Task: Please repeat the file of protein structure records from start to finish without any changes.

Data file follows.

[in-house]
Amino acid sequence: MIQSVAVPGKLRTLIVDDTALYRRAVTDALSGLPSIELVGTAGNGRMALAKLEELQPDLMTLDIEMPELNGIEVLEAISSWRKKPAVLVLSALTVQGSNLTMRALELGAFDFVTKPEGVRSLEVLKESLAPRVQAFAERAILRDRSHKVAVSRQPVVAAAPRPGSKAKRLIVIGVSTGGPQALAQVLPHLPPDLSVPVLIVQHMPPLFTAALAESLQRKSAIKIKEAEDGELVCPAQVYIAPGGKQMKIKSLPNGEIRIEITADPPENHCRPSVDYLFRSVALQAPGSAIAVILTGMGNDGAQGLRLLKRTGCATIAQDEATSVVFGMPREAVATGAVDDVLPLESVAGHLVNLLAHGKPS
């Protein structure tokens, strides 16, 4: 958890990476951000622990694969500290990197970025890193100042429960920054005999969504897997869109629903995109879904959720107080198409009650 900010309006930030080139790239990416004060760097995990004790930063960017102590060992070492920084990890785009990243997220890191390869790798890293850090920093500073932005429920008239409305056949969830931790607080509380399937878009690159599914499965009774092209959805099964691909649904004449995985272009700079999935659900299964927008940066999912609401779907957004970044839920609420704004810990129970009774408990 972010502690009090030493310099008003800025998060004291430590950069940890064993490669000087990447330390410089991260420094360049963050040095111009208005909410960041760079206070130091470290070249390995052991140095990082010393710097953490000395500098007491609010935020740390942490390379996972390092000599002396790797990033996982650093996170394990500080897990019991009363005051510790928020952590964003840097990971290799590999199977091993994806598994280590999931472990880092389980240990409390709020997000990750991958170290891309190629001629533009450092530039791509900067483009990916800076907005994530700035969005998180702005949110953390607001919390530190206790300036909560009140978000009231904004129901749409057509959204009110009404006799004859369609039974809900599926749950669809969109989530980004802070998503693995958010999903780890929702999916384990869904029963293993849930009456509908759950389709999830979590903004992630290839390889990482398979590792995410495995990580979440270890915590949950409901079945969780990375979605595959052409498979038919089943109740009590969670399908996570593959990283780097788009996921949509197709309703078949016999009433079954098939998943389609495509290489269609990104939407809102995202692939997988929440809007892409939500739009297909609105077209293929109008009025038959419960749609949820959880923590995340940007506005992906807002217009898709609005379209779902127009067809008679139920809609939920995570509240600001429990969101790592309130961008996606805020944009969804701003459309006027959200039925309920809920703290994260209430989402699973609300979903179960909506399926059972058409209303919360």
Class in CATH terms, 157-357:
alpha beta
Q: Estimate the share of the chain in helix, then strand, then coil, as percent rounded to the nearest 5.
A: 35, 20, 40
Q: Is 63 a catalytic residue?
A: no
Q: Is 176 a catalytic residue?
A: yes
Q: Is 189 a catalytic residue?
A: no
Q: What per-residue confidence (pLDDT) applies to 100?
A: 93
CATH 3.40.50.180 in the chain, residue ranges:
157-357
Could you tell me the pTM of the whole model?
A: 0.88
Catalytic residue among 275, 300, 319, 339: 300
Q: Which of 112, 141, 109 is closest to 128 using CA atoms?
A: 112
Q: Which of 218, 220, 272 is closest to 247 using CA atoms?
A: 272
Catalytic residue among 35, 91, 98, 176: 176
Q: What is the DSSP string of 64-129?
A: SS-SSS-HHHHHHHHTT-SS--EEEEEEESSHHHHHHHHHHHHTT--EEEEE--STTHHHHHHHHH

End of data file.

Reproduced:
[in-house]
Amino acid sequence: MIQSVAVPGKLRTLIVDDTALYRRAVTDALSGLPSIELVGTAGNGRMALAKLEELQPDLMTLDIEMPELNGIEVLEAISSWRKKPAVLVLSALTVQGSNLTMRALELGAFDFVTKPEGVRSLEVLKESLAPRVQAFAERAILRDRSHKVAVSRQPVVAAAPRPGSKAKRLIVIGVSTGGPQALAQVLPHLPPDLSVPVLIVQHMPPLFTAALAESLQRKSAIKIKEAEDGELVCPAQVYIAPGGKQMKIKSLPNGEIRIEITADPPENHCRPSVDYLFRSVALQAPGSAIAVILTGMGNDGAQGLRLLKRTGCATIAQDEATSVVFGMPREAVATGAVDDVLPLESVAGHLVNLLAHGKPS
């Protein structure tokens, strides 16, 4: 958890990476951000622990694969500290990197970025890193100042429960920054005999969504897997869109629903995109879904959720107080198409009650 900010309006930030080139790239990416004060760097995990004790930063960017102590060992070492920084990890785009990243997220890191390869790798890293850090920093500073932005429920008239409305056949969830931790607080509380399937878009690159599914499965009774092209959805099964691909649904004449995985272009700079999935659900299964927008940066999912609401779907957004970044839920609420704004810990129970009774408990 972010502690009090030493310099008003800025998060004291430590950069940890064993490669000087990447330390410089991260420094360049963050040095111009208005909410960041760079206070130091470290070249390995052991140095990082010393710097953490000395500098007491609010935020740390942490390379996972390092000599002396790797990033996982650093996170394990500080897990019991009363005051510790928020952590964003840097990971290799590999199977091993994806598994280590999931472990880092389980240990409390709020997000990750991958170290891309190629001629533009450092530039791509900067483009990916800076907005994530700035969005998180702005949110953390607001919390530190206790300036909560009140978000009231904004129901749409057509959204009110009404006799004859369609039974809900599926749950669809969109989530980004802070998503693995958010999903780890929702999916384990869904029963293993849930009456509908759950389709999830979590903004992630290839390889990482398979590792995410495995990580979440270890915590949950409901079945969780990375979605595959052409498979038919089943109740009590969670399908996570593959990283780097788009996921949509197709309703078949016999009433079954098939998943389609495509290489269609990104939407809102995202692939997988929440809007892409939500739009297909609105077209293929109008009025038959419960749609949820959880923590995340940007506005992906807002217009898709609005379209779902127009067809008679139920809609939920995570509240600001429990969101790592309130961008996606805020944009969804701003459309006027959200039925309920809920703290994260209430989402699973609300979903179960909506399926059972058409209303919360």
Class in CATH terms, 157-357:
alpha beta
Q: Estimate the share of the chain in helix, then strand, then coil, as percent rounded to the nearest 5.
A: 35, 20, 40
Q: Is 63 a catalytic residue?
A: no
Q: Is 176 a catalytic residue?
A: yes
Q: Is 189 a catalytic residue?
A: no
Q: What per-residue confidence (pLDDT) applies to 100?
A: 93
CATH 3.40.50.180 in the chain, residue ranges:
157-357
Could you tell me the pTM of the whole model?
A: 0.88
Catalytic residue among 275, 300, 319, 339: 300
Q: Which of 112, 141, 109 is closest to 128 using CA atoms?
A: 112
Q: Which of 218, 220, 272 is closest to 247 using CA atoms?
A: 272
Catalytic residue among 35, 91, 98, 176: 176
Q: What is the DSSP string of 64-129?
A: SS-SSS-HHHHHHHHTT-SS--EEEEEEESSHHHHHHHHHHHHTT--EEEEE--STTHHHHHHHHH